Why can’t you get “Planet of the Bass,” the hilarious parody of ’90s Eurodance, out of your head

Why can’t you get “Planet of the Bass,” the hilarious parody of ’90s Eurodance, out of your head

Los Angeles (AFP) – The year is 2023, but it could also be 1997.

One of the trending songs at the moment is DJ Crazy Times and Ms. Biljana Electronica “Bass Planet” is a parody song Pulled straight from the silliness of the late ’90s and early ’00s European dance music. Think “Blue (Da Ba Dee)” by Eiffel 65, or “Axel F.” for Crazy Frog. At the time of writing, the various versions of his song have surpassed more than 250 million combined views across social media platforms.

Confused? you are not alone.

Who are DJ Crazy Times and Ms. Biljana Electronica?

A clip of the tune went viral – which features hilarious lyrics like “Life, never dies / Women are my favorite man” – began going viral in late July after comedian Kyle Gordon posted it on social media. The video is 50 seconds long and is titled “Every 90s Euro Dance Song” and was filmed indoors world Trade Center Skylight, The fiery-haired program director, DJ Crazy Times, appeared alongside a curly-blonde-haired woman: Ms. Biljana Electronica herself.

In fact, it was “DJ Crazy Times” – in his signature black jacket and baggy pants – that Gordon, who first developed the character in his college a cappella as a DJ in the style of David Guetta. He has since evolved into “this weird, pathetic Latvian guy,” as Gordon describes him. And while “Mrs. Biljana Electronica” was played onscreen by creator Audrey Trullinger, singer-songwriter Chrissy Boland also performed her voice.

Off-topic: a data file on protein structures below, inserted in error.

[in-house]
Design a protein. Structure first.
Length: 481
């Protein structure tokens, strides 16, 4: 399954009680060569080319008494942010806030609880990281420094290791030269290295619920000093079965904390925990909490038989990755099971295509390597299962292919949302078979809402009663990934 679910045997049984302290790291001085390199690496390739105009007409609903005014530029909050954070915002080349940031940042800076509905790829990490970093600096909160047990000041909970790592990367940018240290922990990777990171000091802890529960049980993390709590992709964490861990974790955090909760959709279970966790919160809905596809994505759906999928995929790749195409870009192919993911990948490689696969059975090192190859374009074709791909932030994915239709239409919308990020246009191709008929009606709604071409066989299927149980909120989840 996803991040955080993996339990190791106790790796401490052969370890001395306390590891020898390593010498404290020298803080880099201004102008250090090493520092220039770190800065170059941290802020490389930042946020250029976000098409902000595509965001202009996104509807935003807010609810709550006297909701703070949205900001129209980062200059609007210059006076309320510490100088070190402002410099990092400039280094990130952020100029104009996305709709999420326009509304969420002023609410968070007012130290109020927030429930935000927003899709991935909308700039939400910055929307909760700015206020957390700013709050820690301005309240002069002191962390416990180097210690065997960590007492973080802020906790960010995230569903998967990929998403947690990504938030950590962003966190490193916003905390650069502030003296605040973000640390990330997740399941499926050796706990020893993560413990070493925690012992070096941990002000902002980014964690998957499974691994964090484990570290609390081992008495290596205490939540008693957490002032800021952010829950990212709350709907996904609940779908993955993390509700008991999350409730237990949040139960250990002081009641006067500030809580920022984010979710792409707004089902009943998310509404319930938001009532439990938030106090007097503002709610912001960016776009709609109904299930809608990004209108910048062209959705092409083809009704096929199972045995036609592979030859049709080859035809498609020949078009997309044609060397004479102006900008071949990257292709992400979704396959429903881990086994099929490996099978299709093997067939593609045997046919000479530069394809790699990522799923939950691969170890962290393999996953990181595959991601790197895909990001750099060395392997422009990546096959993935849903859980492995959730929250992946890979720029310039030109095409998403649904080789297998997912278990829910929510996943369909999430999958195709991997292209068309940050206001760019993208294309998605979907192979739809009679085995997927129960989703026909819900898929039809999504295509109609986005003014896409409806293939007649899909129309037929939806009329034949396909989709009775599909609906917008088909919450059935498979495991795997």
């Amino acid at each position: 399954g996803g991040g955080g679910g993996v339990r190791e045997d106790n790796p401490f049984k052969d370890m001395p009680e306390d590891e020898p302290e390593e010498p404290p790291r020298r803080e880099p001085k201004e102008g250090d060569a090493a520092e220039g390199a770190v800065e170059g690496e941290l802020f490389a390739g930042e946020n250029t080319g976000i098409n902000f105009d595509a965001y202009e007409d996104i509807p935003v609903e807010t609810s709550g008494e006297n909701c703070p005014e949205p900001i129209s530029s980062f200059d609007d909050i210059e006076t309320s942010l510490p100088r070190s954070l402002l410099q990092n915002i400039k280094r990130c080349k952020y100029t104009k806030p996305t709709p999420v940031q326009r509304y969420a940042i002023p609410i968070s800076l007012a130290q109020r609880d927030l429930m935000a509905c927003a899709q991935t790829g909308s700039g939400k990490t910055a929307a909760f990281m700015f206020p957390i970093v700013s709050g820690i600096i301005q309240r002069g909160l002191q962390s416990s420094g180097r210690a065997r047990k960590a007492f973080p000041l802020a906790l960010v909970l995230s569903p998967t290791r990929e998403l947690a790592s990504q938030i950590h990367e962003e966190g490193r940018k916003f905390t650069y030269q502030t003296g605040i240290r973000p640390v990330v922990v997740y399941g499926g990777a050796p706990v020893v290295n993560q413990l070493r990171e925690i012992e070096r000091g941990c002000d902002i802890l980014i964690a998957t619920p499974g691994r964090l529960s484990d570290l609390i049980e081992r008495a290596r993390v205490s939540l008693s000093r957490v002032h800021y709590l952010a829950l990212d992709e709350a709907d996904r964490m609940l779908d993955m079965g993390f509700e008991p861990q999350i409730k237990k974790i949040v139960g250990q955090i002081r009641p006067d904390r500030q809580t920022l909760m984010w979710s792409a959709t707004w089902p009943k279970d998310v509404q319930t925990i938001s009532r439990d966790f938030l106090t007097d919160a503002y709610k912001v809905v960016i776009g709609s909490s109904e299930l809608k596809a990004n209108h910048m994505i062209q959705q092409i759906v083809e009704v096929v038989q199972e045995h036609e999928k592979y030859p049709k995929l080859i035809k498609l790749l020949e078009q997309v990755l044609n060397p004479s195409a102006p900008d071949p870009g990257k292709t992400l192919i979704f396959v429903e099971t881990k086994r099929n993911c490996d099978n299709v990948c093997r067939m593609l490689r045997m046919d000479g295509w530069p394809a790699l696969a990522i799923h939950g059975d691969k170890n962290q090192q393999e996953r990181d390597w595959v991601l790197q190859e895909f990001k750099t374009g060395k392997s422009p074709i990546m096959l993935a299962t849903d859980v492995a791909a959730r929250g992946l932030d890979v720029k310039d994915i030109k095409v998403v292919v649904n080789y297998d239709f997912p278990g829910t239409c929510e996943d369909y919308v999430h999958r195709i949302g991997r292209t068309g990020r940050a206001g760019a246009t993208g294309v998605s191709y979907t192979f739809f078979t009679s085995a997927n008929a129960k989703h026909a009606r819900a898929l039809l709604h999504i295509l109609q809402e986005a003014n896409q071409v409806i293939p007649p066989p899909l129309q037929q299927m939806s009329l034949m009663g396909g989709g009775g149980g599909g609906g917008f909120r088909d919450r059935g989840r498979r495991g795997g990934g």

“It’s the only session I’ve done in my entire career where I had to keep pausing while laughing so hard at the lyrics,” says Boland.

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Poland does not appear in any of the song’s four videos, a deliberate decision that pokes fun at European dance music videos where “they have these singers sing riffs in the studio and then they hire models,” she says.

“It was always meant to be a parody of that trope,” says Gordon. “Black Box’s ‘Ride on Time’ is another example – the song would be a huge hit, and then they’d shamelessly put models or actresses in the video.”

To some fans’ dismay, Trullinger was replaced in a second segment – featuring the same voice – by influencer Mara Olney, and then in a third segment by comedian Sabrina Brier. But she took over her role as the original “Mrs.” Biljana Electronica” in the official music video for the song, which was released earlier this month.

Gordon says it was “great to see this whole saga, people arguing about what the part is” and cheering on their favorite version of Ms. Biliana Electronica. “I think seeing if it slowly unfolded and manifested to people was very funny.”

Why did Planet Bass explode?

Gordon attributes the success of “Planet of the Bass” to several different reasons: There is, of course, nostalgia for this music, but the timing was fortuitous.

The first clip hit TikTok at the end of its promotion cycle The movie “Barbie”.which brought new attention to 1997 hit “Barbie Girl” by Danish-Norwegian Europop band Aqua.

“It may be that pan-European boogie is in the zeitgeist,” says Gordon.